It was Brice Marden’s Cold Mountain Addendum 1 (1991-1992). It’s on p. 60, in Chapter 2, which is on “gesture and other beginning approaches,” and is used as an example of a continuous drawing.

 

Brice Marden, Cold Mountain Addendum, 1991You know how they say, “There’s no role too small for an actor?” It reminds me that, no matter how basic one’s approach is, you can still create something as moving and intriguing as this.

Material used were ink, ink wash and gouache on paper, which also gives me ideas, although, for now, I’m sticking to ballpoint pen, at least until I’m sure of what I’m doing.

Gaa Wai (dot) com, Solar Flare, sketch  (1).JPG

I’m tentatively calling this Solar Flare. I made a carbon copy of the top drawing (above) and considered simply repeating it over and over again… but it quickly started looking like a wallpaper design.

Do you see how in the initial drawing there appears to be a girl’s head? It’s fine if I do it once, but it’s easy to notice if I do it more than once. I thought it would be enough to change all but one of those places where the girl’s head hows up.

Gaa Wai (dot) com, Solar Flare, sketch  (2).JPG

But it wasn’t enough. I began noticing how the other part of the initial drawing was making patterns. It was becoming “easy,” which doesn’t incline a viewer to keep one’s eyes roaming through the whole work, and although I’d wanted to call this “Wires” before, and even had planned on drawing half of the lines in green pen, I can’t help but see this other part of the initial drawing as a flower.

On the other hand,… maybe I was being too ambitious. Maybe I should see this approach through (using one drawing over and over again). I could be hanging onto the idea only because I like parts of it, mostly the new parts… and it takes a lot of time… and there was so much hope for the initial idea… Sigh…

But I decided to start over again with the intent to use the flower as a recurring element, but to space them out with new lines and to make sure no two flowers are going in the same direction or doing the same exact thing.

I’m in the process of making a carbon copy of the larger work, and along the way, editing the lines or making different choices than the first attempt, one 9″ x 12″ sheet of tracing paper at a time.

Gaa Wai (dot) com, Solar Flare, sketch (5)

I never do a good trace, so I really am drawing the image over again, which is good practice for drawing “good” lines and maybe even developing a style… ?

Gaa Wai (dot) com, Solar Flare, edit 1, sketch (6)

So far, this is what I have for my second attempt.

Next: Fire Balloons

 

Materials: Ballpoint Pen

Do you remember my Trees? Here are my attempts at drawing Lenny or Tree 2.

First, I did a really bad wash, then trying again, I made the mistake of using a sharpie, as a short cut, which isn’t waterproof… LOL. Then, I tried again, but I noticed — finally — that my pen work was very heavy handed. Here’s a close up of the first and third images from above.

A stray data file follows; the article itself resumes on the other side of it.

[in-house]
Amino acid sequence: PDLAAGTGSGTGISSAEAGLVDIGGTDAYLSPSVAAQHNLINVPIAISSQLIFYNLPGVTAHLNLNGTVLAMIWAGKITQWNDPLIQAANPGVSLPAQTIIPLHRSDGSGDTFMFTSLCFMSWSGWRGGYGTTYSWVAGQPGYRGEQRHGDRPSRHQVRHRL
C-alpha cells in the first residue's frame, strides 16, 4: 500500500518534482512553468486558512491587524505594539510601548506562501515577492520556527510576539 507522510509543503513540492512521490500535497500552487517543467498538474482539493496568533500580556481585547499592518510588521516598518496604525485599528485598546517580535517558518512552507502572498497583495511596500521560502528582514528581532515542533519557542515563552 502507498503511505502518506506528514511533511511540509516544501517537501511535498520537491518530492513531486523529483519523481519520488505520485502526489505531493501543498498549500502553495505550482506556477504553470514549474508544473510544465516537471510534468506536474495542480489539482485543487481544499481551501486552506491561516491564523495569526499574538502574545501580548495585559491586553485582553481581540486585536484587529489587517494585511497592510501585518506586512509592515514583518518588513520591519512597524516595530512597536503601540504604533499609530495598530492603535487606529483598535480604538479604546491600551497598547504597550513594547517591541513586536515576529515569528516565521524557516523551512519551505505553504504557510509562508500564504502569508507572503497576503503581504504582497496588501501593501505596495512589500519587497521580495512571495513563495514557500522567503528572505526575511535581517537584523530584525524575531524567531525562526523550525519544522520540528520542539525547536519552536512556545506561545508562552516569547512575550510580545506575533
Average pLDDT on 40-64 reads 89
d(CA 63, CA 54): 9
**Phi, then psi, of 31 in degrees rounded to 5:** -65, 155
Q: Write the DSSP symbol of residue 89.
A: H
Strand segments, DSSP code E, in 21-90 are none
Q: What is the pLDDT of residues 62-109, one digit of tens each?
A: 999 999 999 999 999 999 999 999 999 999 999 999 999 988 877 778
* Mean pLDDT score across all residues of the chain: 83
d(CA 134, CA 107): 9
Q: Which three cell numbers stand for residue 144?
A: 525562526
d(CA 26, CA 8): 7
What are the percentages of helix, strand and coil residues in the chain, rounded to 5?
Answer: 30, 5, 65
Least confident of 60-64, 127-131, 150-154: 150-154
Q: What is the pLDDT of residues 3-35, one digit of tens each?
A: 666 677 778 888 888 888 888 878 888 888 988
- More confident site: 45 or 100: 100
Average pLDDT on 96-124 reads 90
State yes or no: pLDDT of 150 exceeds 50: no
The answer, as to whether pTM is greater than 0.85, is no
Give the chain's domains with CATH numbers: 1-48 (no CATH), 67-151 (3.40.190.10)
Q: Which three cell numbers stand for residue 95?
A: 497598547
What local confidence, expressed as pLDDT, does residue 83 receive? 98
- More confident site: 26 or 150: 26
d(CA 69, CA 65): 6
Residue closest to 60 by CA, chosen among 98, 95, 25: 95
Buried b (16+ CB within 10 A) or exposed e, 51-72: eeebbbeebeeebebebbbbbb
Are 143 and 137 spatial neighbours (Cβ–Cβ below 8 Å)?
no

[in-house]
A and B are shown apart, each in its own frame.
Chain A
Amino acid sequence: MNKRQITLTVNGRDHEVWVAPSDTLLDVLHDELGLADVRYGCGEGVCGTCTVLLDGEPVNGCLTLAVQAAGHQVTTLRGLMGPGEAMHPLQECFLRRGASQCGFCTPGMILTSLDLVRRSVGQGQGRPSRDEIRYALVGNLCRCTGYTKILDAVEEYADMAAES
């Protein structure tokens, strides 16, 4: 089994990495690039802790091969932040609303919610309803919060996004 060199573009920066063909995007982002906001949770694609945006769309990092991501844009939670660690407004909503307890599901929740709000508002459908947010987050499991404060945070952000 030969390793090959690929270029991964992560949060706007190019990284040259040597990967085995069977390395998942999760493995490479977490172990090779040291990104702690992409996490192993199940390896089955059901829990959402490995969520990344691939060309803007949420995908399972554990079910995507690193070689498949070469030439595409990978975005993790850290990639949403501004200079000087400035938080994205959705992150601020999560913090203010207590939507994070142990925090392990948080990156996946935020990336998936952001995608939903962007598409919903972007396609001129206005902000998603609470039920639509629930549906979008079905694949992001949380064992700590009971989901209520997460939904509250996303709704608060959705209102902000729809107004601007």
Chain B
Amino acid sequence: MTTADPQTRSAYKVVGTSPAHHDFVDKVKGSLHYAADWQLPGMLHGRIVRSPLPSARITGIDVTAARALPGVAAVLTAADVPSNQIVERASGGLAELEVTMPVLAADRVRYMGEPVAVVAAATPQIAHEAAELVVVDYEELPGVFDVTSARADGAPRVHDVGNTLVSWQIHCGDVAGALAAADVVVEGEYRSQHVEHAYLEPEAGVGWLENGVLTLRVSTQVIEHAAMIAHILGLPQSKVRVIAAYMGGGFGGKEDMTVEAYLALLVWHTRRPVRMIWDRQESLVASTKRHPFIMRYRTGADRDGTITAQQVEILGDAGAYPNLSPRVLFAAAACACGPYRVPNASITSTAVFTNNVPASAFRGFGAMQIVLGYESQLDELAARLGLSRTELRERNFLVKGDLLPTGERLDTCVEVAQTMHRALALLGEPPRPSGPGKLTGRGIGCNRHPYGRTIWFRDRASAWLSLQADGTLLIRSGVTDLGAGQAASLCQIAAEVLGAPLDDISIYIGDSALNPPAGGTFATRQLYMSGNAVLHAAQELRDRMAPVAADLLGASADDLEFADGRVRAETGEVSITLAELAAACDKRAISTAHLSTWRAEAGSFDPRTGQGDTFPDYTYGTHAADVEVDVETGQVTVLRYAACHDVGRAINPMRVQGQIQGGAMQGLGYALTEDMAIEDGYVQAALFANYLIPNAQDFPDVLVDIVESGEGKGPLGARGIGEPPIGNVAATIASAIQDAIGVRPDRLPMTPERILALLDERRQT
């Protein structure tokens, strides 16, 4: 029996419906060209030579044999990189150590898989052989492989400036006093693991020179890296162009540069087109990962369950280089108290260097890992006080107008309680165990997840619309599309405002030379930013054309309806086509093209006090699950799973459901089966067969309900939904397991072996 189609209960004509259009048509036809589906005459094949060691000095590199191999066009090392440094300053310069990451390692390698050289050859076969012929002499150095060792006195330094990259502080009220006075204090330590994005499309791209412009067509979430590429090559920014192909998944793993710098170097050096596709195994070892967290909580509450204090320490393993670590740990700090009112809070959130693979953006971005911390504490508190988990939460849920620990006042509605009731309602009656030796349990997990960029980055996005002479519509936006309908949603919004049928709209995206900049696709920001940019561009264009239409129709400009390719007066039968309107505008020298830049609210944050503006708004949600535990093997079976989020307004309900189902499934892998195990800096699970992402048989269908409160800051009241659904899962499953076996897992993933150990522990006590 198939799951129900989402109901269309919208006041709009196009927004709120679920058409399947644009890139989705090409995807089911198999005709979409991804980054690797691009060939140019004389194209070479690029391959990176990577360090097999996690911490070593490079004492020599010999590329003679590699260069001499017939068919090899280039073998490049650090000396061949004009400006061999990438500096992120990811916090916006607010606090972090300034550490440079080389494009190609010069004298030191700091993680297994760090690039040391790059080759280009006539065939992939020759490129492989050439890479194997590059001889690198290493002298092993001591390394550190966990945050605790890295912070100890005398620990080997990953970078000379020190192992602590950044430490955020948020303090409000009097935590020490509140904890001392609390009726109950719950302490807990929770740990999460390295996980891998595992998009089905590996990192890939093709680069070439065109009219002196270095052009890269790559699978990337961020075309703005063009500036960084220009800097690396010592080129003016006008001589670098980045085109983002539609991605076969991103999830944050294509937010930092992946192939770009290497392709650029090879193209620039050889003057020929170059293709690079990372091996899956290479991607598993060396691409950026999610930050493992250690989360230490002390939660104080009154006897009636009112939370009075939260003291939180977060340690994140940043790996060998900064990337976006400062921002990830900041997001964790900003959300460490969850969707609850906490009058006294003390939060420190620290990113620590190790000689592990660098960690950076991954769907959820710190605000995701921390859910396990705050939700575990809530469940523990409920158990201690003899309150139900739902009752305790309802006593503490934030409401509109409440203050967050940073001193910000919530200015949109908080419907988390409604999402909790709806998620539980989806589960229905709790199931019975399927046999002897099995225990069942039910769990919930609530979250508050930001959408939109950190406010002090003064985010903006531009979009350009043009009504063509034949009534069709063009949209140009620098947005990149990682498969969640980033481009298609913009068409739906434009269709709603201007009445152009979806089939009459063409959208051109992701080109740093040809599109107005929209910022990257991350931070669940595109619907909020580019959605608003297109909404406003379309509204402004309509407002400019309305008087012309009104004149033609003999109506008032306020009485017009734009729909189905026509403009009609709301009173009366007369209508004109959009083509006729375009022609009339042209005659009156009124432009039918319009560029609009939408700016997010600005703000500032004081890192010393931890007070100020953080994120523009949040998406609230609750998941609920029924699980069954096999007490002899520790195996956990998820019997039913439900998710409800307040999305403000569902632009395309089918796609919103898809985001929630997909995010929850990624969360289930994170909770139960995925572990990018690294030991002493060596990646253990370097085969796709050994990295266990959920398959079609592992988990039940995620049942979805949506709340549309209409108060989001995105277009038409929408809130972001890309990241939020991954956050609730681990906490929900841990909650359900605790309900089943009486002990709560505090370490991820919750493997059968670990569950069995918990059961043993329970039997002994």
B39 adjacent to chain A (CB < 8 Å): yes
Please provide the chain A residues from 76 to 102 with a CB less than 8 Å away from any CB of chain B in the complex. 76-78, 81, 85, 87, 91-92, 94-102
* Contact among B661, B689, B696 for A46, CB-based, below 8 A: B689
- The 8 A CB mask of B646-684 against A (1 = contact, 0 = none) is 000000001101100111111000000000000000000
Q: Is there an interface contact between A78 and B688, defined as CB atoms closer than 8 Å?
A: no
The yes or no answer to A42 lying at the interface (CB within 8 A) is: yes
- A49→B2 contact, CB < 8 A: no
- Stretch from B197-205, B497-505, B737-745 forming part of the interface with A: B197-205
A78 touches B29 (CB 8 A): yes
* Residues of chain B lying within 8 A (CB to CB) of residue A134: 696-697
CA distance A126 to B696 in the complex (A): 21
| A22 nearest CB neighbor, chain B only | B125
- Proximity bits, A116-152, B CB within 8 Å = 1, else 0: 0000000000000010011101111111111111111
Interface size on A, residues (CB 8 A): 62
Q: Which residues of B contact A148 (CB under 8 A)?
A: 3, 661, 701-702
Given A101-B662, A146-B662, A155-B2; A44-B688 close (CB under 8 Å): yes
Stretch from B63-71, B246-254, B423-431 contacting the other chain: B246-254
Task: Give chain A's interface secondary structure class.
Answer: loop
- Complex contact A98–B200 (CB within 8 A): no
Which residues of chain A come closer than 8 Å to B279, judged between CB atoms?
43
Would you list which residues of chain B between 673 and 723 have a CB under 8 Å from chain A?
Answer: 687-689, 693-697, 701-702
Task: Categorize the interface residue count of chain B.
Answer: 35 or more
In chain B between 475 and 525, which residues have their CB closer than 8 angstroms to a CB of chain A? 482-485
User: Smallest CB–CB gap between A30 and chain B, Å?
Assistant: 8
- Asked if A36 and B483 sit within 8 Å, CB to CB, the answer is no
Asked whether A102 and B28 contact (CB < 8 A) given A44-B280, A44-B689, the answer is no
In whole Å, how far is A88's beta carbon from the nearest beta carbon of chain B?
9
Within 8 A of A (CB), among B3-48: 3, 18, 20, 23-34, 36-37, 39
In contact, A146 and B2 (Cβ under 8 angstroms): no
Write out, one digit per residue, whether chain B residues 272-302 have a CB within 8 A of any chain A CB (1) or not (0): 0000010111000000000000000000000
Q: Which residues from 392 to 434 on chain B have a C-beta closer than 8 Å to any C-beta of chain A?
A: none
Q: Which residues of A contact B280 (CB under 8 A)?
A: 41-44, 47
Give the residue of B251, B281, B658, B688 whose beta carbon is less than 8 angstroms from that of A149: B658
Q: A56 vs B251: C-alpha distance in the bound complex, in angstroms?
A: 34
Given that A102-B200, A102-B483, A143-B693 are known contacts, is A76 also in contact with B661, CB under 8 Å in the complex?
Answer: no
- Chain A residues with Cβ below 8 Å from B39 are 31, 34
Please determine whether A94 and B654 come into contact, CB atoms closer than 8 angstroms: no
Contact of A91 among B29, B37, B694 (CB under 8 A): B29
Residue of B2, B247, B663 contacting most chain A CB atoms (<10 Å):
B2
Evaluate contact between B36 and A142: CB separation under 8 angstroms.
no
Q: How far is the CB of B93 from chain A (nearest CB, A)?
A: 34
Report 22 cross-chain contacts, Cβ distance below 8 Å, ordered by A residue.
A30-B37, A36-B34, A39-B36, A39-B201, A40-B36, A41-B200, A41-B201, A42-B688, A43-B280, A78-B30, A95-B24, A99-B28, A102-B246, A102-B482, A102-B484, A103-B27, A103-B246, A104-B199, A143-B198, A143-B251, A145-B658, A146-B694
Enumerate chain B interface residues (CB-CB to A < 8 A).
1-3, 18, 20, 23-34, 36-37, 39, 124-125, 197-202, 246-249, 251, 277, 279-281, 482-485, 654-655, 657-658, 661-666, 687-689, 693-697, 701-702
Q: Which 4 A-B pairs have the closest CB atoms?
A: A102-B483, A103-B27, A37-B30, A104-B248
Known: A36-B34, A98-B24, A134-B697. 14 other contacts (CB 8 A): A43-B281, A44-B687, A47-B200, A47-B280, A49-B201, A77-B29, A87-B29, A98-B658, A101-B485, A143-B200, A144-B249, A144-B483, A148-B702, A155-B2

In person, it’s much worse. I learned, eventually, that you just have to have patience with the medium. The ink won’t come out faster because you’re putting more pressure onto the paper.

I also learned that you can do a lot with a pen, like varying the intensity of the color and even shading in areas the way you would with a pencil. In fact, it’s very much like using a pencil, but the color won’t smear and it shows up more easily on digital files… yay!

Trees 2c crop

I’ve also practiced using two different techniques: hashes and randomly filling in all the little white spaces. Okay, the second one isn’t really a technique… but I think it works better, or once your hands get accustomed to doing it that way, you don’t have to be as mindful of what you’re doing. I mean, it’s easier, overall, to get an even finish.

I used hashes for the above and randomly filled in all the white spaces for the one below.

Tree 2c scan resize 10

For the record, the images at the top of the page are of the 2nd to 5th attempts and the two directly above are from the 5th and 6th attempt. They were both scanned with a setting of 600 dpi. The 5th has a wash of tea, so it’s more yellow, but as far as how smooth the color is, I’m much more pleased with the 6th.

It may be that if I had better skills at using hashes, the 5th would’ve been better.

Trees 1

Here’s an attempt of another tree (George or Tree 1). I used hashes, and I think I was doing a pretty good job, but at one point, I got a little antsy and wasn’t happy with how dark one of the sections was getting, so I desperately used a Pearl Pink eraser to try to erase some of the ink.

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Above is a close up of the hashes and below is a close up of where I applied the eraser too harshly.

Trees 1, crop b

I allowed myself to do this, because an eraser can actually be your friend when using a ballpoint pen. I used the Pink Pearl eraser to get the textures for Don or Tree 3c, below.

Tree 3c scan resize 10

It did do some damage to the surface but not so much that I couldn’t keep applying ink and erasing some more. Very sturdy paper (Strathmore watercolor, series 400).

With the hashes, if done well, it looks a little like cloth, with the eraser, it reminds me of stressed denim (I don’t know why), and with randomly filling in the white spaces, it looks the most polished.

By the way, you can find the following trees on Saatchi: two versions of George or Tree 1a and Tree 1b, one version of Lenny or Tree 2c , versions of Don or Tree 3b and Tree 3c (although Tree 3b is only for show) and Val or Tree 4a.

Tree 1a scan resize 5Tree 1b scan 5
Tree 1a and Tree 1b

Tree 2c and Tree 3c

Trees Val 2 102218

Tree 4a